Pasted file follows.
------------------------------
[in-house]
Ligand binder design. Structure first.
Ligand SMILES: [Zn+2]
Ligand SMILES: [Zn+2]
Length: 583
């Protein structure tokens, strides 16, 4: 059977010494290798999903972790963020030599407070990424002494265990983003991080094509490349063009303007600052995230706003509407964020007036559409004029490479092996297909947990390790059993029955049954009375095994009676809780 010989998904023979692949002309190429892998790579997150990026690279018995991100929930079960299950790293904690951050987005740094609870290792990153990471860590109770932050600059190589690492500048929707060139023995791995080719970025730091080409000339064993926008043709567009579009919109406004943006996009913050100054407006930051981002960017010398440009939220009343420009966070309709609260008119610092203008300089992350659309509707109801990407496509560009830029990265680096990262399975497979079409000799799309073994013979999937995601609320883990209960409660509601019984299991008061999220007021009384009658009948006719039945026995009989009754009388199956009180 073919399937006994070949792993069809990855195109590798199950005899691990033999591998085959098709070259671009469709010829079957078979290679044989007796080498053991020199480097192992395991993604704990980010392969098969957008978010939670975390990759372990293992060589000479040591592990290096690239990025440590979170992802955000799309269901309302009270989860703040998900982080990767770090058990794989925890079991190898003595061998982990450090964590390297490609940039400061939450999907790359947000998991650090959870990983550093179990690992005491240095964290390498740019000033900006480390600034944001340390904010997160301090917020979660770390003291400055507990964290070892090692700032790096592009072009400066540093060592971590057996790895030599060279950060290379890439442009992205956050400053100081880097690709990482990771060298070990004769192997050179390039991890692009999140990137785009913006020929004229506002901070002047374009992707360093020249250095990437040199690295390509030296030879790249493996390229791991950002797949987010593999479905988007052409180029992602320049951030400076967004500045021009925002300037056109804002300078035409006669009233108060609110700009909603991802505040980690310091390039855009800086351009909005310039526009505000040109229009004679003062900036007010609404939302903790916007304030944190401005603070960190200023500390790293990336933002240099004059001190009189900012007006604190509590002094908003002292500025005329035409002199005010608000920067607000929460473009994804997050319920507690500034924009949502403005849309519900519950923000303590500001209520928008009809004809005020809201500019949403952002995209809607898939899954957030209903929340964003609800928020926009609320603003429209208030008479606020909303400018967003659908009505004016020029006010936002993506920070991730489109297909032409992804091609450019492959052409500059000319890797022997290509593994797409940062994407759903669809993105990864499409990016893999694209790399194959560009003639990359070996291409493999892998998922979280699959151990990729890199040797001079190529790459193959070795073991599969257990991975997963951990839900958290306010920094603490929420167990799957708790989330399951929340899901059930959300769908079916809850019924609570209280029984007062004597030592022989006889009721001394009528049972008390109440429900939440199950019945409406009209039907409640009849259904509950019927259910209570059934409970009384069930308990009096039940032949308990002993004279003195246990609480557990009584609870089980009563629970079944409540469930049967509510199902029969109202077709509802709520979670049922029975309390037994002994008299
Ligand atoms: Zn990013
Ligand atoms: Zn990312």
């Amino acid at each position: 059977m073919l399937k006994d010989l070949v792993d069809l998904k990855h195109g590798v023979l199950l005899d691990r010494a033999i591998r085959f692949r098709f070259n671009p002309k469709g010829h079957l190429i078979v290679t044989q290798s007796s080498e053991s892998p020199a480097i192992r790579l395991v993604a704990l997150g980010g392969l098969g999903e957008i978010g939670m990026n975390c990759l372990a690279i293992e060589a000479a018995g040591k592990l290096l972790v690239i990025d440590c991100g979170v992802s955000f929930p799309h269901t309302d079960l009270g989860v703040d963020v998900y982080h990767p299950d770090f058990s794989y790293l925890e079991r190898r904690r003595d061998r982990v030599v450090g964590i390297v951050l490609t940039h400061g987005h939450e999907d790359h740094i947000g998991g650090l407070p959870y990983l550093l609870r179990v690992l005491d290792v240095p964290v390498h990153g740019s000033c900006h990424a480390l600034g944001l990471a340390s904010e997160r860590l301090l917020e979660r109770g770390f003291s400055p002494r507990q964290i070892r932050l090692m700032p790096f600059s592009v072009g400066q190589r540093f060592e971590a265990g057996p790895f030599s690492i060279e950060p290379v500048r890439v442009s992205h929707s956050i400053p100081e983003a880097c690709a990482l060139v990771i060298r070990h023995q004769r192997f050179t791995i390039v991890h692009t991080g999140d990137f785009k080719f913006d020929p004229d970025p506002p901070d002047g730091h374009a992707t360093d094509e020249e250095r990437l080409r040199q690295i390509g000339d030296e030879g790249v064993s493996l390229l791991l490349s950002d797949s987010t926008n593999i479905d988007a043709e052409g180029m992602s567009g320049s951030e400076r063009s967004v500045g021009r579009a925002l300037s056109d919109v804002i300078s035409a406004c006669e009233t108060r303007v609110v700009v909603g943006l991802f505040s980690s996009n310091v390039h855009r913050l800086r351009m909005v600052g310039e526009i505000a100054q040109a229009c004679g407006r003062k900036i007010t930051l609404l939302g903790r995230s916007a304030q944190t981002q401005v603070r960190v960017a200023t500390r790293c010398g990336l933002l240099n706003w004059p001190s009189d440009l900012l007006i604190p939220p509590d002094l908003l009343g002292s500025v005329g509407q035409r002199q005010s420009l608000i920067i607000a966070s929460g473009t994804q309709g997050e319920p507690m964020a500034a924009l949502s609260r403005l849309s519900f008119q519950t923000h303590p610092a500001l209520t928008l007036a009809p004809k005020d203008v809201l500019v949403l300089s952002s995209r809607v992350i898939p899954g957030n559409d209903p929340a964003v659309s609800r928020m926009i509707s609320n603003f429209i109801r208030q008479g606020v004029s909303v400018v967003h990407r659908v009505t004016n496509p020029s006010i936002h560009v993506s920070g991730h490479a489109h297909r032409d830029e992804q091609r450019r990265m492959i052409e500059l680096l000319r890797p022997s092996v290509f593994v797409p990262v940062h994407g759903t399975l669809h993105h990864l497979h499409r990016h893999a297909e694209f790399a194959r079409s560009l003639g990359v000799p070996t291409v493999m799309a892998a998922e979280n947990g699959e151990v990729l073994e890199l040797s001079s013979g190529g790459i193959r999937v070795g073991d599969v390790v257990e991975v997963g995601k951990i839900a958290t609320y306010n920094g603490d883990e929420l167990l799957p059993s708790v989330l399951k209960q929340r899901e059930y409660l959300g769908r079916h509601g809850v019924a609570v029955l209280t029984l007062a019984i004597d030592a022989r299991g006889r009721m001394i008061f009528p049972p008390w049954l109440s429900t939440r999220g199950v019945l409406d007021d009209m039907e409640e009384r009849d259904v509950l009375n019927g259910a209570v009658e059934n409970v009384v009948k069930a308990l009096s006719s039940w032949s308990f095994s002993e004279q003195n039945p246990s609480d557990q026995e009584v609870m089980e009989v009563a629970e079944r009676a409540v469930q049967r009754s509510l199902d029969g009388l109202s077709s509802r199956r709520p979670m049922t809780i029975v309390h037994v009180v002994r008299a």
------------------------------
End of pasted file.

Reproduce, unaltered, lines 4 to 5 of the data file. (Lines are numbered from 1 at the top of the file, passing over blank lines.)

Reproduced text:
Ligand SMILES: [Zn+2]
Length: 583